To protect LOSSAN rail corridor, we need to act fast and think big

By Sen. Catherine Blakespear

There it was — the headline flashing across phones and computer screens — the San Clemente hillside below Casa Romantica was giving way, and the rail tracks below were in danger. Train operations ceased “for the foreseeable future.”

Less than two weeks after being fully reopened to limited passenger rail traffic, the line had to be shut down again on April 27, with rail riders being forced to take a bus bridge adding inconvenience and time to what should have been a lovely nonstop train ride.

Sadly, for those paying attention, it was hardly a surprise. The rail line’s vulnerabilities have become increasingly clear in recent years as erosion and climate change have jeopardized the track’s security and stability. Nearly every portion of the line — from northern Santa Barbara County to San Diego County — has experienced operational issues due to weather-related events that are projected to worsen in years ahead.

The LOSSAN corridor, which stands for Los Angeles-San Diego-San Luis Obispo, serves six counties with a population of 20 million and is vital to the movement of freight and passengers through the region. The line is the second busiest intercity passenger rail corridor in the United States.

But as important as it is now, LOSSAN stands to be even more important in coming decades, as the state seeks to reduce carbon emissions, improve mobility through increasingly dense regions and reduce reliance on cars and freeways.

That’s why the state Senate has created a subcommittee — the Transportation Subcommittee on LOSSAN Rail Corridor Resiliency — to tackle the issue. Much thanks to Senate President Pro Tem Toni Atkins and Transportation Committee Chair Lena Gonzalez for recognizing the significance of this matter and establishing this subcommittee.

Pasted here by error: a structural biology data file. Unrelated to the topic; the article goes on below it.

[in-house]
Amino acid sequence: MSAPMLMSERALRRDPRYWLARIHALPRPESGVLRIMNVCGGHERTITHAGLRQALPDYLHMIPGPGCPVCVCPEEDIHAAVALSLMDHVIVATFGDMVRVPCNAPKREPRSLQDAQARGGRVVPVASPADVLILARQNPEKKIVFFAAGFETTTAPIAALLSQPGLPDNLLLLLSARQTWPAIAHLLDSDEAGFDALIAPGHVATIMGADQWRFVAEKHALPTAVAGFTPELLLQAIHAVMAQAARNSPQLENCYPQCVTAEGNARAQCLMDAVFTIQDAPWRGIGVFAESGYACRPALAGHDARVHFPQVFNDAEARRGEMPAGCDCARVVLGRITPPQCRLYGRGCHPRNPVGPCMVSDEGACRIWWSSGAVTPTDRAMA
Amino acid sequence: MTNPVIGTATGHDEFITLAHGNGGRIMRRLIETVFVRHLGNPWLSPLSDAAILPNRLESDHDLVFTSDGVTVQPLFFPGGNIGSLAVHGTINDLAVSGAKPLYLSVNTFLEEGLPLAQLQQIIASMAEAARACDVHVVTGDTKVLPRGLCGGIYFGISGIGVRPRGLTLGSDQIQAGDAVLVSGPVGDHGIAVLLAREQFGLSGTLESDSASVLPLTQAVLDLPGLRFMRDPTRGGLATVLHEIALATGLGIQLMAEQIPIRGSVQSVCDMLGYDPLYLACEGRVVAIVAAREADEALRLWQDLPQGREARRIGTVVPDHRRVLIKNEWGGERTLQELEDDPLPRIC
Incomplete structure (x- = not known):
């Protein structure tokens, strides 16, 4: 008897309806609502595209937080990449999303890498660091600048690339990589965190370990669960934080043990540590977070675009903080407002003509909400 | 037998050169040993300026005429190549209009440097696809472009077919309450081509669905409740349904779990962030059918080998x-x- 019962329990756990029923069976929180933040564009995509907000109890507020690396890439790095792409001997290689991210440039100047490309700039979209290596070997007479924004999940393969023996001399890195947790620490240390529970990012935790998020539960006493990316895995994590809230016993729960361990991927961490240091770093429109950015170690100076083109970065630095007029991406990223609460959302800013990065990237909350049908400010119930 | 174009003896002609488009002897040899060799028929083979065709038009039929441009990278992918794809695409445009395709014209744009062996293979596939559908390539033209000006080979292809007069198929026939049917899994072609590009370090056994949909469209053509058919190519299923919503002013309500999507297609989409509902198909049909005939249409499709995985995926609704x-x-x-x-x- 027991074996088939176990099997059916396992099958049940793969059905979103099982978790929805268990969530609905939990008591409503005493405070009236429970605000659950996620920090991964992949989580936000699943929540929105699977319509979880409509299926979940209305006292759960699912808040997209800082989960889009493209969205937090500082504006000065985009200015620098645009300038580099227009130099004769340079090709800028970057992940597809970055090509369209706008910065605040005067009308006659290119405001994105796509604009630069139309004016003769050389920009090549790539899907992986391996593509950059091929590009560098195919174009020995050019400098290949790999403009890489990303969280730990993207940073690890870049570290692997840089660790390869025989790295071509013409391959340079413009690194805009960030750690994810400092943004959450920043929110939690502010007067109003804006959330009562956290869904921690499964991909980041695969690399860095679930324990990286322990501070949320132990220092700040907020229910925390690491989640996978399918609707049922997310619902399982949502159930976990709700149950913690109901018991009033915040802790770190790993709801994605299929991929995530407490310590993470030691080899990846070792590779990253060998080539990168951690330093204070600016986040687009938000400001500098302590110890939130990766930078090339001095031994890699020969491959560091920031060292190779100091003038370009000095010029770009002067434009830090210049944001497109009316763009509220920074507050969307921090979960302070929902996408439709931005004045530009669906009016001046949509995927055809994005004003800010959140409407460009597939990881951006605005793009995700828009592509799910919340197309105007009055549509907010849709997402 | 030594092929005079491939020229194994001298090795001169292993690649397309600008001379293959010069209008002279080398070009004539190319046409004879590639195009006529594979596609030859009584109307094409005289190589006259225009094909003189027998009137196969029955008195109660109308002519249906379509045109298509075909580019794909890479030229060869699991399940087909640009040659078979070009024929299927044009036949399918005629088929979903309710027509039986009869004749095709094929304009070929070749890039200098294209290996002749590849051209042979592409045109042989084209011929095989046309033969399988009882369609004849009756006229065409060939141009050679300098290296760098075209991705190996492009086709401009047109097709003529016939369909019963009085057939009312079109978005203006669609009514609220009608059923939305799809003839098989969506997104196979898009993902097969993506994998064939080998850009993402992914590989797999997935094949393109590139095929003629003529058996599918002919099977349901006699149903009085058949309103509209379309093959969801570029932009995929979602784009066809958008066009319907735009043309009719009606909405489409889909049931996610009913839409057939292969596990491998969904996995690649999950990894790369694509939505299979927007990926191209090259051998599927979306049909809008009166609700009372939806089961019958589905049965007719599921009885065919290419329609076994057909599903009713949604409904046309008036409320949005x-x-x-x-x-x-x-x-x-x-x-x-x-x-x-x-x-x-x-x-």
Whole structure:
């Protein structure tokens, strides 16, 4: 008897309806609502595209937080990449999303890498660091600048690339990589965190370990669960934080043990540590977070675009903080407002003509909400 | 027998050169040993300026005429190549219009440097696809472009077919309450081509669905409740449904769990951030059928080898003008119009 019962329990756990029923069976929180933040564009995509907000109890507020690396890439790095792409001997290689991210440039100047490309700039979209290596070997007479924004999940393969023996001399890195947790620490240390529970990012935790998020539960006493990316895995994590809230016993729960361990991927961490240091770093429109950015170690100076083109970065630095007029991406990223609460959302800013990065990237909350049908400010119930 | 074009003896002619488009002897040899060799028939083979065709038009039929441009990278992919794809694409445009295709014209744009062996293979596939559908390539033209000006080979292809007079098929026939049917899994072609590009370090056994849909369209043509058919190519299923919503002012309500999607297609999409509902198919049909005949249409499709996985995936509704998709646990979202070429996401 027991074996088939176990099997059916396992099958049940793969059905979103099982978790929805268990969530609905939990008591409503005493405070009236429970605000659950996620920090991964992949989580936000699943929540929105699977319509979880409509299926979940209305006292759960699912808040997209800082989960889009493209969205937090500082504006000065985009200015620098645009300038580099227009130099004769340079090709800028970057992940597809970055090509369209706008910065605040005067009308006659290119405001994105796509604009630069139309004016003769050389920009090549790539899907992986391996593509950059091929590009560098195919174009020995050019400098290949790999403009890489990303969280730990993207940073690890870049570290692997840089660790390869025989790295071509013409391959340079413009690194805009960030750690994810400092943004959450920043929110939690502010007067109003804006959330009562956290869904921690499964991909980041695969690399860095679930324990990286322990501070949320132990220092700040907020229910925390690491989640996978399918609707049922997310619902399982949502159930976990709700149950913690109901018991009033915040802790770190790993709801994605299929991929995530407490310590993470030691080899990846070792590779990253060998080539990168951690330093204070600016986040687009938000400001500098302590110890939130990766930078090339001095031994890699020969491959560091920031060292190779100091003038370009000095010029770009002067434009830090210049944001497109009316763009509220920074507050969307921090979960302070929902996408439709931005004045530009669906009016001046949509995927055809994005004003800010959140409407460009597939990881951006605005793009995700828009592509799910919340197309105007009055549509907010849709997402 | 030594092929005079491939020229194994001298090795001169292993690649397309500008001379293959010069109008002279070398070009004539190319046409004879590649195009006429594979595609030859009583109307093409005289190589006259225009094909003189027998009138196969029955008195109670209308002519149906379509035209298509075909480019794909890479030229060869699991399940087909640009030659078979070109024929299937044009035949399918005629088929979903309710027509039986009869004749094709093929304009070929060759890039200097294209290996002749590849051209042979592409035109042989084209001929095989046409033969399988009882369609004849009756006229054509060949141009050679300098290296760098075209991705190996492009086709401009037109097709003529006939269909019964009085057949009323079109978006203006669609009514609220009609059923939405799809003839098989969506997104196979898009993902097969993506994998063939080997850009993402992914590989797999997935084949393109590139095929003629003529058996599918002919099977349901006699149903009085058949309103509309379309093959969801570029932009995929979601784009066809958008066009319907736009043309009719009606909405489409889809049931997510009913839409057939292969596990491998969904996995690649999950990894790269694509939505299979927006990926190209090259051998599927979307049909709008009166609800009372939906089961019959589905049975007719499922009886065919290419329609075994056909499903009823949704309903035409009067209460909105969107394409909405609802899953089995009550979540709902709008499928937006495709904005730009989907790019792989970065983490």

On Tuesday, we will hold our first hearing and begin a high-level assessment of the rail line’s value and long-term needs. Frankly, it’s long overdue.

Local and regional government agencies, such as SANDAG and the Orange County Transportation Authority, have been working hard on the issue for years, but what we need now is a state-level perspective that evaluates the entire LOSSAN line and our vision for it, working in partnership with both the federal government and local agencies.

Looking across the globe, we see that other modern nations — in Europe, in Asia — have made rail the centerpiece of highly efficient transportation networks. Even in this country, the Northeast rail corridor is essential for commuters and movement among the East Coast’s largest cities.

There is no shortage of great examples of what the LOSSAN rail corridor could become. Here’s what I aim to accomplish. First, work to identify the regional, state and national benefits of this line.

Second, look holistically at how we’re supporting the corridor and work to optimize state and federal investments. Third, evaluate the corridor’s needs and create a framework for prioritizing projects, so we all work together on a smart plan that benefits everybody instead of competing against each other for investments in particular segments.

I have traveled abroad and seen the potential of what rail can be. We deserve, and can have, a truly competitive, reliable and resilient rail option that our region can use for generations.

As Southern California confronts its many challenges, investing in rail makes more sense now than ever. It’s time to move beyond the month-to-month crisis of reacting to the latest eroding hillside or flood, and plan more thoughtfully for the rail corridor’s future success.

Catherine Blakespear is a state senator and chair of the Senate Transportation Subcommittee on LOSSAN Rail Corridor Resiliency.